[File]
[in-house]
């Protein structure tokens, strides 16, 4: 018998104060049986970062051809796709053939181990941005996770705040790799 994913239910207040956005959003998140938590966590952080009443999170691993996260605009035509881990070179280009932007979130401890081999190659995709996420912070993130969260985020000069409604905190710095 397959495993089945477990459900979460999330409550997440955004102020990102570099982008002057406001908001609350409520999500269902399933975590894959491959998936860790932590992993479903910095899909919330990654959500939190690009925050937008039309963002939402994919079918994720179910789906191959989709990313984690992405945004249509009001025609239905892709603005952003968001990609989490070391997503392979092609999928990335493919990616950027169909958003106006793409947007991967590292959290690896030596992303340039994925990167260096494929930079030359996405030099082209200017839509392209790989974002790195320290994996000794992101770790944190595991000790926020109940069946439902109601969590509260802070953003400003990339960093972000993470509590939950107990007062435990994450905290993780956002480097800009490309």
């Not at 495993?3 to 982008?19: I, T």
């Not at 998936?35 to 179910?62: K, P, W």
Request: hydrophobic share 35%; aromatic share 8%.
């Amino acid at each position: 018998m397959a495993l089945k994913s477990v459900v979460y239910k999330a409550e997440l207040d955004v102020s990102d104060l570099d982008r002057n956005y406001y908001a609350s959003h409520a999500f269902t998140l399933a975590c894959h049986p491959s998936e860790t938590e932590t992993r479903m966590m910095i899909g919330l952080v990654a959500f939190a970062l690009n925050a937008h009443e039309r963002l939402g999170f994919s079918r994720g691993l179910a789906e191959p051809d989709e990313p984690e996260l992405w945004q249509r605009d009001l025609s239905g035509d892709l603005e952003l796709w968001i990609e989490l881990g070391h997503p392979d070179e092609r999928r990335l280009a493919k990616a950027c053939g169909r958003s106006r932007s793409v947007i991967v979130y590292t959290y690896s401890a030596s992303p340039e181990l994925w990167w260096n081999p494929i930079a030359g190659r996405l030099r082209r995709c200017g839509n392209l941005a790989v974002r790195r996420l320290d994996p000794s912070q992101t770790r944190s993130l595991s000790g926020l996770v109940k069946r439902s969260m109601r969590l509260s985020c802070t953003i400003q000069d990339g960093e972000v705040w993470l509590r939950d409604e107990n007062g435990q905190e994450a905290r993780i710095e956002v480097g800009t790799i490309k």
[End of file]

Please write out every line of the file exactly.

[in-house]
């Protein structure tokens, strides 16, 4: 018998104060049986970062051809796709053939181990941005996770705040790799 994913239910207040956005959003998140938590966590952080009443999170691993996260605009035509881990070179280009932007979130401890081999190659995709996420912070993130969260985020000069409604905190710095 397959495993089945477990459900979460999330409550997440955004102020990102570099982008002057406001908001609350409520999500269902399933975590894959491959998936860790932590992993479903910095899909919330990654959500939190690009925050937008039309963002939402994919079918994720179910789906191959989709990313984690992405945004249509009001025609239905892709603005952003968001990609989490070391997503392979092609999928990335493919990616950027169909958003106006793409947007991967590292959290690896030596992303340039994925990167260096494929930079030359996405030099082209200017839509392209790989974002790195320290994996000794992101770790944190595991000790926020109940069946439902109601969590509260802070953003400003990339960093972000993470509590939950107990007062435990994450905290993780956002480097800009490309």
């Not at 495993?3 to 982008?19: I, T």
């Not at 998936?35 to 179910?62: K, P, W």
Request: hydrophobic share 35%; aromatic share 8%.
């Amino acid at each position: 018998m397959a495993l089945k994913s477990v459900v979460y239910k999330a409550e997440l207040d955004v102020s990102d104060l570099d982008r002057n956005y406001y908001a609350s959003h409520a999500f269902t998140l399933a975590c894959h049986p491959s998936e860790t938590e932590t992993r479903m966590m910095i899909g919330l952080v990654a959500f939190a970062l690009n925050a937008h009443e039309r963002l939402g999170f994919s079918r994720g691993l179910a789906e191959p051809d989709e990313p984690e996260l992405w945004q249509r605009d009001l025609s239905g035509d892709l603005e952003l796709w968001i990609e989490l881990g070391h997503p392979d070179e092609r999928r990335l280009a493919k990616a950027c053939g169909r958003s106006r932007s793409v947007i991967v979130y590292t959290y690896s401890a030596s992303p340039e181990l994925w990167w260096n081999p494929i930079a030359g190659r996405l030099r082209r995709c200017g839509n392209l941005a790989v974002r790195r996420l320290d994996p000794s912070q992101t770790r944190s993130l595991s000790g926020l996770v109940k069946r439902s969260m109601r969590l509260s985020c802070t953003i400003q000069d990339g960093e972000v705040w993470l509590r939950d409604e107990n007062g435990q905190e994450a905290r993780i710095e956002v480097g800009t790799i490309k």